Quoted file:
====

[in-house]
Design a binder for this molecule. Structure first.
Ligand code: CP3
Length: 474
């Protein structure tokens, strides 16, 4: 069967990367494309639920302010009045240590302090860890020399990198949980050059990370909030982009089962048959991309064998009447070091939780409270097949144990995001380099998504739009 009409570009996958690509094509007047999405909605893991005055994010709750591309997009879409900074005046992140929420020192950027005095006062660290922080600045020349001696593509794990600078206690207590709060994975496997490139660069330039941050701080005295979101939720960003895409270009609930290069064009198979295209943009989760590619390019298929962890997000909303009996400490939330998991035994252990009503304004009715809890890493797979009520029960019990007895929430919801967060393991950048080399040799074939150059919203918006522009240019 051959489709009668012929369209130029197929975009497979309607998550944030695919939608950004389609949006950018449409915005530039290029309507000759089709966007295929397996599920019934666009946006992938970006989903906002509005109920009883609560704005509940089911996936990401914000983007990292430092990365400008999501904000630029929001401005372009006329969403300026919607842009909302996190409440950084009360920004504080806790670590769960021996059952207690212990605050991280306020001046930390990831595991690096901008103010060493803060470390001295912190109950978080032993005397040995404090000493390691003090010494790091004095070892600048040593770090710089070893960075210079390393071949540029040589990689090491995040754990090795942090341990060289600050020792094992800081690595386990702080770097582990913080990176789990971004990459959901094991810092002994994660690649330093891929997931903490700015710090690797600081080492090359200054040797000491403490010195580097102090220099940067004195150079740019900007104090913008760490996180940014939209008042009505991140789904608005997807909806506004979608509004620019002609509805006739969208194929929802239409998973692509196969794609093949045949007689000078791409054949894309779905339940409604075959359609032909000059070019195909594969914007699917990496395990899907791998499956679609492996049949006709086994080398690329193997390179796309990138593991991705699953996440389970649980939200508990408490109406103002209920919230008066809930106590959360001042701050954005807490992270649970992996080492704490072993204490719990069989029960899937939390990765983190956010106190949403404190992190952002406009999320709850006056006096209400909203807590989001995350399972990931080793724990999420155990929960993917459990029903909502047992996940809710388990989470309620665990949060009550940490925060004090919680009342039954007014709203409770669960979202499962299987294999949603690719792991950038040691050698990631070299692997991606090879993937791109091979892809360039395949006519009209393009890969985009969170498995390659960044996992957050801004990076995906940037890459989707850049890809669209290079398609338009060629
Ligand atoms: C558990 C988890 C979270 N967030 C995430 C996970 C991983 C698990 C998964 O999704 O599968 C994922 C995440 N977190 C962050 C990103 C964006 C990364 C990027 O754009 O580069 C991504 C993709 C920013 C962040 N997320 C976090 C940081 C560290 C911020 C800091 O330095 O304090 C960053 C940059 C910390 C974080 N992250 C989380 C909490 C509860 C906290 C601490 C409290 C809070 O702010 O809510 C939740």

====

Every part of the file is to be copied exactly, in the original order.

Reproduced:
[in-house]
Design a binder for this molecule. Structure first.
Ligand code: CP3
Length: 474
């Protein structure tokens, strides 16, 4: 069967990367494309639920302010009045240590302090860890020399990198949980050059990370909030982009089962048959991309064998009447070091939780409270097949144990995001380099998504739009 009409570009996958690509094509007047999405909605893991005055994010709750591309997009879409900074005046992140929420020192950027005095006062660290922080600045020349001696593509794990600078206690207590709060994975496997490139660069330039941050701080005295979101939720960003895409270009609930290069064009198979295209943009989760590619390019298929962890997000909303009996400490939330998991035994252990009503304004009715809890890493797979009520029960019990007895929430919801967060393991950048080399040799074939150059919203918006522009240019 051959489709009668012929369209130029197929975009497979309607998550944030695919939608950004389609949006950018449409915005530039290029309507000759089709966007295929397996599920019934666009946006992938970006989903906002509005109920009883609560704005509940089911996936990401914000983007990292430092990365400008999501904000630029929001401005372009006329969403300026919607842009909302996190409440950084009360920004504080806790670590769960021996059952207690212990605050991280306020001046930390990831595991690096901008103010060493803060470390001295912190109950978080032993005397040995404090000493390691003090010494790091004095070892600048040593770090710089070893960075210079390393071949540029040589990689090491995040754990090795942090341990060289600050020792094992800081690595386990702080770097582990913080990176789990971004990459959901094991810092002994994660690649330093891929997931903490700015710090690797600081080492090359200054040797000491403490010195580097102090220099940067004195150079740019900007104090913008760490996180940014939209008042009505991140789904608005997807909806506004979608509004620019002609509805006739969208194929929802239409998973692509196969794609093949045949007689000078791409054949894309779905339940409604075959359609032909000059070019195909594969914007699917990496395990899907791998499956679609492996049949006709086994080398690329193997390179796309990138593991991705699953996440389970649980939200508990408490109406103002209920919230008066809930106590959360001042701050954005807490992270649970992996080492704490072993204490719990069989029960899937939390990765983190956010106190949403404190992190952002406009999320709850006056006096209400909203807590989001995350399972990931080793724990999420155990929960993917459990029903909502047992996940809710388990989470309620665990949060009550940490925060004090919680009342039954007014709203409770669960979202499962299987294999949603690719792991950038040691050698990631070299692997991606090879993937791109091979892809360039395949006519009209393009890969985009969170498995390659960044996992957050801004990076995906940037890459989707850049890809669209290079398609338009060629
Ligand atoms: C558990 C988890 C979270 N967030 C995430 C996970 C991983 C698990 C998964 O999704 O599968 C994922 C995440 N977190 C962050 C990103 C964006 C990364 C990027 O754009 O580069 C991504 C993709 C920013 C962040 N997320 C976090 C940081 C560290 C911020 C800091 O330095 O304090 C960053 C940059 C910390 C974080 N992250 C989380 C909490 C509860 C906290 C601490 C409290 C809070 O702010 O809510 C939740």